Anne Scheer, PhD

Assistant Professor, Population Science and Policy
Population Science and Policy

    About me

    Primary Responsibilities:

    My primary responsibilities include pursuing individual and collaborative research to better understand children’s own views about health, wellbeing, the environments in which they live, learn, and play (social determinants of health), and explore how communities, systems, and institutions can become more child friendly.


    Born and raised in Berlin, Germany, Dr. Scheer holds Master’s degree in Anthropology and a Ph.D. in Sociology – both from Freie Universität Berlin. As a childhood sociologist, Dr. Scheer uses a qualitative and mixed-methods framework to explore and understand children’s own views and voices across a broad range of topics related to children’s mental and physical health and wellbeing. She has conducted extensive research with elementary school-aged children, using participant observation, interviews, and art-based methods to actively engage children in the research process. Her previous research includes an extensive, ethnographic study about children’s experience with punitive disciplinary policies in a large Midwestern school district. Dr. Scheer’s work shows how failure to accommodate children’s own views and voices prevented the disciplinary system from successfully creating environments conducive to learning and contributed to the reproduction of existing disparities along racial and socioeconomic lines. Another study led by Dr. Scheer examined rural children’s views on health, wellbeing, and nutrition. Study findings suggest that to fully understand the pediatric obesity epidemic, more attention needs to be paid to the social and emotional aspects of food and diet. In her current work, Dr. Scheer is leading a large-scale collaborative project designed to transform one of the communities in SIU School of Medicine’s service region into a UNICEF-recognized child friendly city. Dr. Scheer’s other research interests include trauma-informed practices in schools, school-based telehealth, and children’s trust in healthcare and medical providers.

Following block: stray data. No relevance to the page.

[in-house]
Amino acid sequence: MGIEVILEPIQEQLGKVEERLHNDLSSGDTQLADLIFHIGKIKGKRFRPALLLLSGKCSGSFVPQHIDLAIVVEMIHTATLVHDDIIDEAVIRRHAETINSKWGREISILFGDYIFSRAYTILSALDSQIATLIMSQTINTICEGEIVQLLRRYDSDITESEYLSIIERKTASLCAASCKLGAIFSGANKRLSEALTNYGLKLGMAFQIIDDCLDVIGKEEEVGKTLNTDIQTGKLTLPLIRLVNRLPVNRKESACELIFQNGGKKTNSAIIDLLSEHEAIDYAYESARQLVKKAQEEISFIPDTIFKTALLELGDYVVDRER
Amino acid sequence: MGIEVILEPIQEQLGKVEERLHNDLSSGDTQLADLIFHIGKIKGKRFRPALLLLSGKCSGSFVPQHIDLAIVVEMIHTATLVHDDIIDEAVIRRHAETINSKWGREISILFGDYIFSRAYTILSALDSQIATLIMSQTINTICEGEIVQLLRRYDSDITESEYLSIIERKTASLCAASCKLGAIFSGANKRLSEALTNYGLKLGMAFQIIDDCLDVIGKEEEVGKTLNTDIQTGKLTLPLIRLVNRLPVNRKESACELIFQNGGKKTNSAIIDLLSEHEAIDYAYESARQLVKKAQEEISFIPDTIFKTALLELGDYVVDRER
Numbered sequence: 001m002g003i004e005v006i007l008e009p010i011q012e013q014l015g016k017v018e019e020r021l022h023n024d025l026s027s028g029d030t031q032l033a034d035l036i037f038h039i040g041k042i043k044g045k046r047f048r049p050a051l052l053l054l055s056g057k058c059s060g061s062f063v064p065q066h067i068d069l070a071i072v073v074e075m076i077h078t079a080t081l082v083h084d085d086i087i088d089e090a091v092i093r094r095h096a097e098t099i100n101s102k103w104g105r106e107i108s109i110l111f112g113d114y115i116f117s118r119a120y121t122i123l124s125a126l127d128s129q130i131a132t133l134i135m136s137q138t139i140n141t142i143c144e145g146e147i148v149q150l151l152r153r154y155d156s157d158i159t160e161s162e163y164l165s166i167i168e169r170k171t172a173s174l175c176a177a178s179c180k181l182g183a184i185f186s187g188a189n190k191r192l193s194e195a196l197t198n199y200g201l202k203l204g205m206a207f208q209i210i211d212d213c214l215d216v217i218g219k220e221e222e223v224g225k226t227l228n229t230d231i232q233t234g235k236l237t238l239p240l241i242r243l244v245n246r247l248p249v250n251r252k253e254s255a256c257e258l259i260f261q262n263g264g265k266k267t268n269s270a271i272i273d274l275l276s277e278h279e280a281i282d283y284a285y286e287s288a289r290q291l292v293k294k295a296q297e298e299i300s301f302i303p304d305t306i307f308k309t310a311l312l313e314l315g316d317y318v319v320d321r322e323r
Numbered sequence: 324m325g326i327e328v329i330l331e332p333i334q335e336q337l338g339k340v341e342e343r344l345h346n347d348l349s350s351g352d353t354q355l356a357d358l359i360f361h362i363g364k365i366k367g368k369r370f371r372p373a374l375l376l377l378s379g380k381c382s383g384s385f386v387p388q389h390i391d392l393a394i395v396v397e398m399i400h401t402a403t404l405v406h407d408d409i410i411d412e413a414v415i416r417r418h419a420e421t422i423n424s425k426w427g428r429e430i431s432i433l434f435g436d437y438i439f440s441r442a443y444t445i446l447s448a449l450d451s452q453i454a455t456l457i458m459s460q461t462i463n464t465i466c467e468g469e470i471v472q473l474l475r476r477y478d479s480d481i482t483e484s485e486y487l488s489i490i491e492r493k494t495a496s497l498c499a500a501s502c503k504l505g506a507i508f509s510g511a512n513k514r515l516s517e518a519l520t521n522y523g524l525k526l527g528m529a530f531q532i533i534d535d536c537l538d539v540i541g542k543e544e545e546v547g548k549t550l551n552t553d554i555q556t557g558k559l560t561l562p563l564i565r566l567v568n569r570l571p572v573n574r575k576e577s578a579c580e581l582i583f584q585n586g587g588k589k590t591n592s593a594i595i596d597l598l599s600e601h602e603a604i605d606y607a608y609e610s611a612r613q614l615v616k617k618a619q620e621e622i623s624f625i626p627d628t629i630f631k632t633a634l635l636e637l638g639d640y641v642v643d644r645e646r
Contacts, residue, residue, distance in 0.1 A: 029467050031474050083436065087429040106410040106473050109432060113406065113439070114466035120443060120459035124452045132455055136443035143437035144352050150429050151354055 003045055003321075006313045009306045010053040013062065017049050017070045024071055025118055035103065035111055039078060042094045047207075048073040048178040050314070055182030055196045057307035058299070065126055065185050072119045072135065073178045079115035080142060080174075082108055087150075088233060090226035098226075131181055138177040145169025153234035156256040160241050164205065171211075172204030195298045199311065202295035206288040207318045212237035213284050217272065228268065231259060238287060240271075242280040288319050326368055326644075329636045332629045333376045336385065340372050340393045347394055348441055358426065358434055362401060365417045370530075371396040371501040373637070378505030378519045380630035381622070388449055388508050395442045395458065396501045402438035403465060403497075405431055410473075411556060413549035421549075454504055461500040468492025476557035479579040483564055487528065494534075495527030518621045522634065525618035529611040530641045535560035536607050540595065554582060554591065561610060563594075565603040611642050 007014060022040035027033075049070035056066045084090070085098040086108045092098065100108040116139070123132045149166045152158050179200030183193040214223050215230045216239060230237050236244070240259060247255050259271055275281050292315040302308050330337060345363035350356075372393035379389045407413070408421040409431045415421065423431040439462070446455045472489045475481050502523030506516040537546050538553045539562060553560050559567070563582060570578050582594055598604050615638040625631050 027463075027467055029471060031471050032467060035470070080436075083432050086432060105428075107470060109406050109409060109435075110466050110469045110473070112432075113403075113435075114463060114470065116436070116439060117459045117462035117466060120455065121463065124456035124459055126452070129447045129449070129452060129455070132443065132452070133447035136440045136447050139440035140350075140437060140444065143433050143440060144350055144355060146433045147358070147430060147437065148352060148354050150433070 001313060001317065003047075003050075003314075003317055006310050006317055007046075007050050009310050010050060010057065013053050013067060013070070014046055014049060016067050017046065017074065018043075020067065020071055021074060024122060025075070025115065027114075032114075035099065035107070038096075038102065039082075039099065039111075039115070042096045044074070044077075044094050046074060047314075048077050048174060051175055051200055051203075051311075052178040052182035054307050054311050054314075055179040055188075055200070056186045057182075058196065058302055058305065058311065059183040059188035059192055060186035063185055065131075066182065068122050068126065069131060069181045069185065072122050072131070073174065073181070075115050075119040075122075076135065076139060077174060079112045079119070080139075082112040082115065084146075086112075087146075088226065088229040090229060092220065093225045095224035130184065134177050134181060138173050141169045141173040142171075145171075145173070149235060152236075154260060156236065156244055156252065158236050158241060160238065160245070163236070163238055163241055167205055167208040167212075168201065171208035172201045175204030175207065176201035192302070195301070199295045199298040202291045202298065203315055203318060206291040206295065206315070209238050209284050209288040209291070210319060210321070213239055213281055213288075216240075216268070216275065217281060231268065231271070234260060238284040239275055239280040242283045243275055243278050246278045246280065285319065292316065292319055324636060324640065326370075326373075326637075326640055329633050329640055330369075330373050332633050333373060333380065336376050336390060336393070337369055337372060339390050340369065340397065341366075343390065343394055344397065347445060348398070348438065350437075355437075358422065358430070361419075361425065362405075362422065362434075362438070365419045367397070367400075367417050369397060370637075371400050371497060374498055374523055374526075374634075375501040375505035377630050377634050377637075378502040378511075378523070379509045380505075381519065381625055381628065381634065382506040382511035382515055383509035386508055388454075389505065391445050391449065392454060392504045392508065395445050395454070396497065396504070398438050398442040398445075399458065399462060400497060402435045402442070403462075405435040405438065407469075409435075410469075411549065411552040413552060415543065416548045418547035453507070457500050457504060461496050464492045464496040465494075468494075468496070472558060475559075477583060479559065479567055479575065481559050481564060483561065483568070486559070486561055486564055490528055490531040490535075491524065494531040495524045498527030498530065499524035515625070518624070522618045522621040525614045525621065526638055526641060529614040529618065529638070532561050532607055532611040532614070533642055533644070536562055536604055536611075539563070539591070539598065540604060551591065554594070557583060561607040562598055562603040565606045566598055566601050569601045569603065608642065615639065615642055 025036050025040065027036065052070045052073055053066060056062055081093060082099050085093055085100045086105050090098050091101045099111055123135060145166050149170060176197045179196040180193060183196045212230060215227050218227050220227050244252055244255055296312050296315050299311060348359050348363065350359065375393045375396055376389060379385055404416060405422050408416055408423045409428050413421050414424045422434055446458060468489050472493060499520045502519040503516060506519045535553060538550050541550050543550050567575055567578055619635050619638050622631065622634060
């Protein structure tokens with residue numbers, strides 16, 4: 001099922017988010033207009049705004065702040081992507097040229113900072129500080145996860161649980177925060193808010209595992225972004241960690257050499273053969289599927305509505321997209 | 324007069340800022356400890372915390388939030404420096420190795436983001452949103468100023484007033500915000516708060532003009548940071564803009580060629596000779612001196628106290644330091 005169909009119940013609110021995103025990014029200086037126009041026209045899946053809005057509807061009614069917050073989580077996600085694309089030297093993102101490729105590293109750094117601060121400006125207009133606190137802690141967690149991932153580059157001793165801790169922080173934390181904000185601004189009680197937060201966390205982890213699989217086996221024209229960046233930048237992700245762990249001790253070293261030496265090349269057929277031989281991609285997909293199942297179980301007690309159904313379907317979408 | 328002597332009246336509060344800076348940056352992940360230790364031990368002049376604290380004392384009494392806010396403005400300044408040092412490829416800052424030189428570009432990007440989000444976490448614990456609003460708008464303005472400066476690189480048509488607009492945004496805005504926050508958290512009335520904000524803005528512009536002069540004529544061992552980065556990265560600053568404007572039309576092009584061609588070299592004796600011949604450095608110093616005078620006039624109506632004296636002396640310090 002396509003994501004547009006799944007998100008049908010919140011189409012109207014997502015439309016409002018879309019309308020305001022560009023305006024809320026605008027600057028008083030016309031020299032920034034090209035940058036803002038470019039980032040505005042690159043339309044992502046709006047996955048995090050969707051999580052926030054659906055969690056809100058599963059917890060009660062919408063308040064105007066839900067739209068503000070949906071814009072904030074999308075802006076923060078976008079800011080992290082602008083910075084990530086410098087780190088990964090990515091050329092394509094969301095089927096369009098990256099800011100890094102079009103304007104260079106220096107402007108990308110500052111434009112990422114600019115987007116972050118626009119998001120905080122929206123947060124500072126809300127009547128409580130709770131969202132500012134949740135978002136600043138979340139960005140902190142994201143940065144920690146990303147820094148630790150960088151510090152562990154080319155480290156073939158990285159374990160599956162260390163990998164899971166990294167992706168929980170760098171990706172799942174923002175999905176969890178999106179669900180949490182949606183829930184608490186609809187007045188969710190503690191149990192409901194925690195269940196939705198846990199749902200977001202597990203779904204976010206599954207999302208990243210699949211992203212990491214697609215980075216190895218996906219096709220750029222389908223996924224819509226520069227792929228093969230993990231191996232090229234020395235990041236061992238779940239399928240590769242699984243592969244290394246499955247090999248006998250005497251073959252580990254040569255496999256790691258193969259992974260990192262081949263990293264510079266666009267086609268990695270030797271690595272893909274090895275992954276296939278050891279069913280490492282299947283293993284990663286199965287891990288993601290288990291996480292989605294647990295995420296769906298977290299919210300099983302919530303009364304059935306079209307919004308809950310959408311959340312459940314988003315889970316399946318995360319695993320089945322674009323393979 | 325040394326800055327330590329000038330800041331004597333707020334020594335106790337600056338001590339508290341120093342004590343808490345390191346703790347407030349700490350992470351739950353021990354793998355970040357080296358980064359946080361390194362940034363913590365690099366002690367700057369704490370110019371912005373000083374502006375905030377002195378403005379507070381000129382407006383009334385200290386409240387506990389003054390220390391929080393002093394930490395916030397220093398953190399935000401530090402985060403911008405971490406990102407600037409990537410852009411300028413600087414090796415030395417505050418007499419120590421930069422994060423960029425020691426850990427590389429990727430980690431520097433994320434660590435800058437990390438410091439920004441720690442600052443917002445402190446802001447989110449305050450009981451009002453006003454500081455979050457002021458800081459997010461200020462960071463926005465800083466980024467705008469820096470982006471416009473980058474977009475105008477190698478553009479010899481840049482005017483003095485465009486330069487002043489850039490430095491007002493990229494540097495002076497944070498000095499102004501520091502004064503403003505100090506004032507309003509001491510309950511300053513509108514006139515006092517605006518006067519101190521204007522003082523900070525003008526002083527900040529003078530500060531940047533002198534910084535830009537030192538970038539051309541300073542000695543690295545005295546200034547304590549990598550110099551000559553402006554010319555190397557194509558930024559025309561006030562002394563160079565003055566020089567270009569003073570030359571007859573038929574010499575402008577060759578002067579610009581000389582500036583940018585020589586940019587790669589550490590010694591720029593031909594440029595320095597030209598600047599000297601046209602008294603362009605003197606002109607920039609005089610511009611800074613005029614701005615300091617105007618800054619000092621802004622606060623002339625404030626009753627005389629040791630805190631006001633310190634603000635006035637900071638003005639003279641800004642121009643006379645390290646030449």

Additional languages spoken


    Education & training

    Assistant Professor

    Academic Location

    Academic Office

    201 E Madison Street Springfield, IL 62702
    Mail Code: 9664


    • Scheer, A. (2019). “I kinda look unhealthy, but I’m not unhealthy” – Exploring rural children’s perspectives on health, well-being, and nutrition. In Kronenfeld, J.J. (2019) (Ed.). Research in the Sociology of Health Care: Underserved and Socially Disadvantaged Groups and Linkages with Health and Health Care Differentials. Vol. 36. Emerald Group Publishing Limited. 
    • Scheer, A.; Prakash, V. (2019). Advancing women’s rights from within: The story of the Alliance for Women in Medicine and Science (AWIMS). In Segal, M. T, Kelly, K. & Demos, V. (2019) (Eds.) Advances in Gender Research: Gender and Practice. Volume 27. Bingley: Emerald Publishing Limited. 
    • Scheer, A. (2019). Zero Tolerance and the Impossibilities of Discipline – Findings from the Field. In Caporale, L. (Ed.) Societies Without Borders: Human Rights and the Social Sciences (SWB). Ethnographic and Life Story Methods in Human Rights Research. 
    • Scheer, A. (2017a). Exploring rural places: Children’s health and well-being in rural communities. CUSS Newsletter. American Sociological Association. Community & Urban Sociology Section, 30 (1), 1, 6-9.…;
    • Scheer, A. (2017b). Maneuvering the stormy waters of ethnography in an inner-city school: Reflections from the field. In I.E. Castro, M. Swauger, & B. Harger (Eds.), Researching Kids and Teens: Methodological Issues, Strategies, and Innovations (59-80), Sociological Studies of Children and Youth, Volume 22. Bingley, UK: Emerald Group Publishing Ltd.
    • Scheer, A. (2011). Designed to control, destined to fail? Disciplinary practices at an inner-city elementary school in the United States. Childhoods Today, 5(2). Retrieved from